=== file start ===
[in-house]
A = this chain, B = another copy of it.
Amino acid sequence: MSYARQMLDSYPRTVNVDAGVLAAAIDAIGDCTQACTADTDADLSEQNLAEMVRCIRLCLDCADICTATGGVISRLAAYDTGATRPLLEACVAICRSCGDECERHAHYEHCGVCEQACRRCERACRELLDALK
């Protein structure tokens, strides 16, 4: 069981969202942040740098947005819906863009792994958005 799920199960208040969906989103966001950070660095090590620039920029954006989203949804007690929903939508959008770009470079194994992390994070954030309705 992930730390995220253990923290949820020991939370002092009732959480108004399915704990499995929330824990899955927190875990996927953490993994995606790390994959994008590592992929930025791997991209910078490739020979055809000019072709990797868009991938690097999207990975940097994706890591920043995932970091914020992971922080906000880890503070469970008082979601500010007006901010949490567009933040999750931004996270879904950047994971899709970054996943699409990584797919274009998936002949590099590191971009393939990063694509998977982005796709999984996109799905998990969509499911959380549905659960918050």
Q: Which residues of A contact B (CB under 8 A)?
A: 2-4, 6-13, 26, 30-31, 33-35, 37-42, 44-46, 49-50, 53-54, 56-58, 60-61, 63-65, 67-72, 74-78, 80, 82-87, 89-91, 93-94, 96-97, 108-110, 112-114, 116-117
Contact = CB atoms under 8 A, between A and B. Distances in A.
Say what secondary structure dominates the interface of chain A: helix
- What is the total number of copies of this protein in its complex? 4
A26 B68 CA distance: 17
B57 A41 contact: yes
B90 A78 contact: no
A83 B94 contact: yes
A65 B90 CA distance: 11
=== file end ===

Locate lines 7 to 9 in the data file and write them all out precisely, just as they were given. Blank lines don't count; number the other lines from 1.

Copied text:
Contact = CB atoms under 8 A, between A and B. Distances in A.
Say what secondary structure dominates the interface of chain A: helix
- What is the total number of copies of this protein in its complex? 4